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un article par Leah Jarvis

Molly Melching went to Senegal to do field research for a few months right after college and basically never came back; now she’s been there for over thirty years. She is the founder of Tostan, a Senegal-based NGO that uses education based on human rights to empower families and communities in Western Africa. This is not a quick-fix kind of program; Tostan’s Community Empowerment Program (CEP) consists of two and a half years of class sessions held several times a week in each village and taught by village-based volunteers, most of whom are Senegalese. The program does not aim to westernize; the classes are taught in Wolof, the most widely spoken national language, and use the African oral tradition, incorporating participation, role play, theater, dance, and song.

The innovative approach is impressive enough on its own, but the key to success seems to have been the focus on human rights that Tostan began emphasizing in its classes eight years ago. Since then, the program has exploded, now implementing its CEP in more than 2000 villages in five countries, and has gained support and participation from a wide variety of community members: women and men, children and elderly, political and religious leaders. By focusing on open communication, education, and dissemination of information, networks of villages have been able to reach consensus on important issues never before discussed on such a large, participatory scale.

Perhaps most significantly, almost 1700 communities in Senegal have decided of their own accord to abandon the practices of Female Genital Cutting (FGC) and of child marriage. Each community or group of communities announced this decision in a public declaration, an event especially notable because of the previously tabooed treatment of the subject. Other accomplishments encouraged by Tostan include increased use of vaccination resources, reduced infant and maternal mortality rates, increased pre- and post-natal visits, increased enrollment of children in school, especially girls, and empowerment of women and emergence of female leadership.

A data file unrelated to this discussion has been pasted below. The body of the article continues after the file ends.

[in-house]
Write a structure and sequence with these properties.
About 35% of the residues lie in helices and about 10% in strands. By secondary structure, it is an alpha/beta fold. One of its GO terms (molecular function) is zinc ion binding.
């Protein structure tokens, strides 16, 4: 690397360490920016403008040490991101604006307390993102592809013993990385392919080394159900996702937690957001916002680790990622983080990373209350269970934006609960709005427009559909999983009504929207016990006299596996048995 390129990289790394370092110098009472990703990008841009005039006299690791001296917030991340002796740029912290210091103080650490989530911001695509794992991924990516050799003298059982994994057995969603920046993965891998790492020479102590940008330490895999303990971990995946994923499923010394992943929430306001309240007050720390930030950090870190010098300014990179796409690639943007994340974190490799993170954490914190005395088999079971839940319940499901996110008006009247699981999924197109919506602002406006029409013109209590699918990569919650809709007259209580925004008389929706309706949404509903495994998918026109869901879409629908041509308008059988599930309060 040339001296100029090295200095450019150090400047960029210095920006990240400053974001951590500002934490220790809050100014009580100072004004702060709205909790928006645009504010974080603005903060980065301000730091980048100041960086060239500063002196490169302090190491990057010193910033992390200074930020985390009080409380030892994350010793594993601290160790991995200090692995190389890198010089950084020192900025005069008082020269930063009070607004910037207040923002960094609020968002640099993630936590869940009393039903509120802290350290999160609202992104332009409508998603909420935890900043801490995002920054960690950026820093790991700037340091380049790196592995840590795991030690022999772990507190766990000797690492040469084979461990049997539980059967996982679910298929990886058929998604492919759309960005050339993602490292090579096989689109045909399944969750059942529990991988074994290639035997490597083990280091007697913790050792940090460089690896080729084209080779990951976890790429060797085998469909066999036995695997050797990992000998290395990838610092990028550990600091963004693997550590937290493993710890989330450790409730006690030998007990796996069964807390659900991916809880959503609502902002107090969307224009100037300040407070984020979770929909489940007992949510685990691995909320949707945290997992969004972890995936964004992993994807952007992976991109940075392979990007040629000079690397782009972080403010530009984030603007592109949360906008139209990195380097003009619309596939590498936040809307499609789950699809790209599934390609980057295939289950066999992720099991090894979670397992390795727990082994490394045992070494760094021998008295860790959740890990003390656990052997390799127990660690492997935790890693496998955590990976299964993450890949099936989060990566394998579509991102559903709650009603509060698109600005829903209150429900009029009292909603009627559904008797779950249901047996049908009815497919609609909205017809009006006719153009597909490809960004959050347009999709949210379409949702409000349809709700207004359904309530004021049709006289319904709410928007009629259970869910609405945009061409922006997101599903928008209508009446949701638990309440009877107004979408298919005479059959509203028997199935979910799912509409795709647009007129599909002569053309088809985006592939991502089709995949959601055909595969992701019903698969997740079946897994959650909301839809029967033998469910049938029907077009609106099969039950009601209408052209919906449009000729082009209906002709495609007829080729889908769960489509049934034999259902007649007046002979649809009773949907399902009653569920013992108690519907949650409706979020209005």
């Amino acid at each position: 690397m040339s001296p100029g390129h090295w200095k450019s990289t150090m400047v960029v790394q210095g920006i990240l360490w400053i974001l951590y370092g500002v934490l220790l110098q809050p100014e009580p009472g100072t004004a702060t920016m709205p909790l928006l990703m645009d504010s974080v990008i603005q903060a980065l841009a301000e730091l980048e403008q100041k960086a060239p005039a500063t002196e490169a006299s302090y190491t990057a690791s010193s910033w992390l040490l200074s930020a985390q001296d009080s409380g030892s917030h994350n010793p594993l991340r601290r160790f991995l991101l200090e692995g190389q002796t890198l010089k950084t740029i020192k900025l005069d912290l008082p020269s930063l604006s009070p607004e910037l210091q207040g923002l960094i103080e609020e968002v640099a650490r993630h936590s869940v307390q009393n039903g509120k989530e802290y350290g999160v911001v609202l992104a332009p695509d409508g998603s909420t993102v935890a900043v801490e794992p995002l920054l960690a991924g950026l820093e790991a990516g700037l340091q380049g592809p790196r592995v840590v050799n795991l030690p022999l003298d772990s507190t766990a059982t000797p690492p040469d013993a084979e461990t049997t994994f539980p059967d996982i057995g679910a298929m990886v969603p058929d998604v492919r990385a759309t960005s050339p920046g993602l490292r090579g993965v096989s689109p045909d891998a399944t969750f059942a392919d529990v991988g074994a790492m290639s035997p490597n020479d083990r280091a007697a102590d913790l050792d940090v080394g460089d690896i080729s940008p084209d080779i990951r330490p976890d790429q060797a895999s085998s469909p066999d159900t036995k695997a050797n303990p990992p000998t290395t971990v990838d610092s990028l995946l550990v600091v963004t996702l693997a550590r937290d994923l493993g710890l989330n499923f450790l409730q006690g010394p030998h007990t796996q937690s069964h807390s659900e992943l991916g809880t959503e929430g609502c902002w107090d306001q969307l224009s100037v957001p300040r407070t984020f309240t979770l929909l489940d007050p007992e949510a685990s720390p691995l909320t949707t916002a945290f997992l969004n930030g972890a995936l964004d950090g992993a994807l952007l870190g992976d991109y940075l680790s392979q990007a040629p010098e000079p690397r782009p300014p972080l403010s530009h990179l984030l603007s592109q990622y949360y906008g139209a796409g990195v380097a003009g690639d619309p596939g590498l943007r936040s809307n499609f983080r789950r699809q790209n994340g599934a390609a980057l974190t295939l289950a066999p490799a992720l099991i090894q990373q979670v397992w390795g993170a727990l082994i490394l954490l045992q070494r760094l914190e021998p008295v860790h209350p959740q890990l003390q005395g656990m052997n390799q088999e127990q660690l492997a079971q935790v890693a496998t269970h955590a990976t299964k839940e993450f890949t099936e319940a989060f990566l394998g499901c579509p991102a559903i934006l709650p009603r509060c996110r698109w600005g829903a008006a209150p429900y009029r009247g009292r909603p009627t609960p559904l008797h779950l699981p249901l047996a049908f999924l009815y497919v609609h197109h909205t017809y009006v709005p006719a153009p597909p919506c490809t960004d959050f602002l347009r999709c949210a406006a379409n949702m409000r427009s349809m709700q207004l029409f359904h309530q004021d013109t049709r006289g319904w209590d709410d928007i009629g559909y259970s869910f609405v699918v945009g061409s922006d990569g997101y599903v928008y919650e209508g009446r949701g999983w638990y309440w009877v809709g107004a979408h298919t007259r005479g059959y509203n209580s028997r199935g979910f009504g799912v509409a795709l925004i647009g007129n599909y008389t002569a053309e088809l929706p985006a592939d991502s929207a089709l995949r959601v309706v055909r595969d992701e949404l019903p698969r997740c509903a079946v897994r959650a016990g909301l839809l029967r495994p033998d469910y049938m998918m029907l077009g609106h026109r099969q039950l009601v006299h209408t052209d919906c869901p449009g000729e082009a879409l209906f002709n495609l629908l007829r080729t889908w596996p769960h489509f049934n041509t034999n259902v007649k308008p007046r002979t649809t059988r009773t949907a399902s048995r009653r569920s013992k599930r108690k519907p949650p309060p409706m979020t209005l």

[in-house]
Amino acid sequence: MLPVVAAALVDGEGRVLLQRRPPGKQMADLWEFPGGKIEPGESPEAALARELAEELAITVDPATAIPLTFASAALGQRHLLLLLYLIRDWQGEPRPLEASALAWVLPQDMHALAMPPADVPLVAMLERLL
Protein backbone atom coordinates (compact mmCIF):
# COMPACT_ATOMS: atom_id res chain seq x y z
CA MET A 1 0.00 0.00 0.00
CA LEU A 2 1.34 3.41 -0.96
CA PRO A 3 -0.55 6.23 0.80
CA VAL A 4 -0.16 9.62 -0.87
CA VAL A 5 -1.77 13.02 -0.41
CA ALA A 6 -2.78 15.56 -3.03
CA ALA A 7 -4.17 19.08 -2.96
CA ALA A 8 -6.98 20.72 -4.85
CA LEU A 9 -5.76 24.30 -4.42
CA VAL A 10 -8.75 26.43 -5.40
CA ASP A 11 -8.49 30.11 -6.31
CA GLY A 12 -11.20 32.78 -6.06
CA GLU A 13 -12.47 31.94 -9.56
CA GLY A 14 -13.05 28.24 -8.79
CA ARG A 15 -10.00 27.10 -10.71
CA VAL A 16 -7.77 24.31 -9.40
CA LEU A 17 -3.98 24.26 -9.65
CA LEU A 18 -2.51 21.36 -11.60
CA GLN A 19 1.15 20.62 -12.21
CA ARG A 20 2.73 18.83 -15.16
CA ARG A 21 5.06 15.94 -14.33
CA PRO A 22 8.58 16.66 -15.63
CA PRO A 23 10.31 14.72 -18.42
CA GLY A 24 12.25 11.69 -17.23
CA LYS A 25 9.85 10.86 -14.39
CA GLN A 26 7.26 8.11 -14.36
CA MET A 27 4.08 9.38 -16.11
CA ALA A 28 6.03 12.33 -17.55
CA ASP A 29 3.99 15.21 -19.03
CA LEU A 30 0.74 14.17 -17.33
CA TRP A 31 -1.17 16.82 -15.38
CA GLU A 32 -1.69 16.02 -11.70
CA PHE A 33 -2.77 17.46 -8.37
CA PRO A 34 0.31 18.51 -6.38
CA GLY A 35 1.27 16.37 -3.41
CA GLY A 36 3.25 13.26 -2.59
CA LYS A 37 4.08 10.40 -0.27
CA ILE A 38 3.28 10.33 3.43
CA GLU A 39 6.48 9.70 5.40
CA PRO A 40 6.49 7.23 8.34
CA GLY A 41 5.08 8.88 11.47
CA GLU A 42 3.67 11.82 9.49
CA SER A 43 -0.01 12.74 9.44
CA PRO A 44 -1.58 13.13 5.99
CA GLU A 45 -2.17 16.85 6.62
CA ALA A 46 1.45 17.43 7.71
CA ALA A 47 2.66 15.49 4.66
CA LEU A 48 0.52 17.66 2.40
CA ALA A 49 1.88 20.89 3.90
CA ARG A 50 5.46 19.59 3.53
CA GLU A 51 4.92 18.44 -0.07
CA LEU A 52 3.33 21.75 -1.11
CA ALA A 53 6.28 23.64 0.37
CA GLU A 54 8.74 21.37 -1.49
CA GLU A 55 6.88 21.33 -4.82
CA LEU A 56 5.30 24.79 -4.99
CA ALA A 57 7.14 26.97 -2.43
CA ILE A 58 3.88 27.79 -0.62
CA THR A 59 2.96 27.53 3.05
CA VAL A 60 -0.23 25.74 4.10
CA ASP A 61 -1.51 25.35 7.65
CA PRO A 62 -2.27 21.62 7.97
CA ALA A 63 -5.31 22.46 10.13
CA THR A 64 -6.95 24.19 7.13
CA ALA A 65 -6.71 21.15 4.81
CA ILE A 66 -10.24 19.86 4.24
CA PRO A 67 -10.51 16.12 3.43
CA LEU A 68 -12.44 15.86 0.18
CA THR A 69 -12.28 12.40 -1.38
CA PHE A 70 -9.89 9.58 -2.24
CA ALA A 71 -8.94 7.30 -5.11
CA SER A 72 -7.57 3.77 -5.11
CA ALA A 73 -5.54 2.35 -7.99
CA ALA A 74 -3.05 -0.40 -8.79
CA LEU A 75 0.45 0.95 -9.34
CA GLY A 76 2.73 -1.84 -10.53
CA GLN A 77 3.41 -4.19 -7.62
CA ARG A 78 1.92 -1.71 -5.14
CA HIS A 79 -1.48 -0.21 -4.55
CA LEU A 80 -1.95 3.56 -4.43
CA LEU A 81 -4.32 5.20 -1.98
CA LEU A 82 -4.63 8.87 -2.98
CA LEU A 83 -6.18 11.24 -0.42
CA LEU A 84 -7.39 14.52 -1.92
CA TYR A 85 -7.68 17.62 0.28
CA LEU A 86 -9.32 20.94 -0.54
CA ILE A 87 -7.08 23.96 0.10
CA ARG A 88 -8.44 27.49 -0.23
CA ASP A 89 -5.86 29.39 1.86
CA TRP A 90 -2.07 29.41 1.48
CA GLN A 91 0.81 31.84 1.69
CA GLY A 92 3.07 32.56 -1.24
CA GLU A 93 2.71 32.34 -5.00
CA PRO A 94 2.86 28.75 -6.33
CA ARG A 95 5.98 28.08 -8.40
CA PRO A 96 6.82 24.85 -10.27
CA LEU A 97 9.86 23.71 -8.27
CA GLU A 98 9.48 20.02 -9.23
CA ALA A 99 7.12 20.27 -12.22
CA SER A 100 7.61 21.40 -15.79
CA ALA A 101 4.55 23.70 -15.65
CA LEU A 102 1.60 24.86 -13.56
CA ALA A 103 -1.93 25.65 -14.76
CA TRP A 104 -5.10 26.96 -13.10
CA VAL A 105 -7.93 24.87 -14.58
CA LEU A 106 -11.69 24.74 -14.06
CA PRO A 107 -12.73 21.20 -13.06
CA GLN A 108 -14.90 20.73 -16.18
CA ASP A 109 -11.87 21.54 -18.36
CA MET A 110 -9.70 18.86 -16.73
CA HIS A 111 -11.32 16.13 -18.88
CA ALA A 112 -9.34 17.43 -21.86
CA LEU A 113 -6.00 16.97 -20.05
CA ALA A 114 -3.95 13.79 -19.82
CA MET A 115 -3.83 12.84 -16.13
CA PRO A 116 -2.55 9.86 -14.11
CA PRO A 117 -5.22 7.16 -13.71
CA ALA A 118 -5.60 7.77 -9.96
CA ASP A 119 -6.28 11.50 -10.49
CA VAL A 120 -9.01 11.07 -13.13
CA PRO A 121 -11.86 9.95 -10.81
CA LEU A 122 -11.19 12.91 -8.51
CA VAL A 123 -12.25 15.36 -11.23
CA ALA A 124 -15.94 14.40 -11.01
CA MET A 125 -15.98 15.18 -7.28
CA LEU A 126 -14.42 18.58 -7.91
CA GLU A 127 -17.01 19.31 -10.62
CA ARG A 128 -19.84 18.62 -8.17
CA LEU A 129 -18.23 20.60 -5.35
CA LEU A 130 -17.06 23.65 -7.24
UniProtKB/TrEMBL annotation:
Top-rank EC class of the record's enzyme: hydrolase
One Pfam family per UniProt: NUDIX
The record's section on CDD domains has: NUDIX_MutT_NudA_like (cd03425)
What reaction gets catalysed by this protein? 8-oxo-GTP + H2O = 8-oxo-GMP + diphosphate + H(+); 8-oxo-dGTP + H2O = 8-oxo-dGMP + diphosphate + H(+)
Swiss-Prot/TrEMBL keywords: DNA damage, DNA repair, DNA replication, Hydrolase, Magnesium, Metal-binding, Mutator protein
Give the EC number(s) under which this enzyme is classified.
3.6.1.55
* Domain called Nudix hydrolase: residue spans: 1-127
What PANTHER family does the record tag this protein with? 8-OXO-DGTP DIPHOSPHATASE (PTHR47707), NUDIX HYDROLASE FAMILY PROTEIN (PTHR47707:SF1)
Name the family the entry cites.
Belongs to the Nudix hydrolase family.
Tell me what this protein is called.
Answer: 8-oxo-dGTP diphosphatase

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Question(s) liée(s) à cet article:

How to stop violence against children,

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Commentaire le plus récent:


Hi!  I agree with most of what you say below. By am confused by what you say here :

"The value of the ritual must be honored but it's expresstion must be changed to one which is  symbolical the same without any harm to the initates.  The group must be allowed to develop this change to the ritual and the members must feel positive about themselves as a result of this change."

IMO, if the reason for the ritual is to control and hurt others, which most rituals are for in these situations, it might be better to not perform the ritual at all. But please feel free to post and clarify what you said if I misunderstood it. Thanks.


Ritual abuse as part of cultural practice is very difficult to dimish without tampering with the culture as a whole. I know from working in social work with abused children in the US that all ritual abuse is culturally related. The adult prepentrator is encouraged by his ties to the group to met their expectations and feels justified by that group's consenus.

Not only the individuals but the group need to see themselves and the role of parenting/ caring of the young differently. . ... continuation.

Cet article a été mis en ligne le March 13, 2007.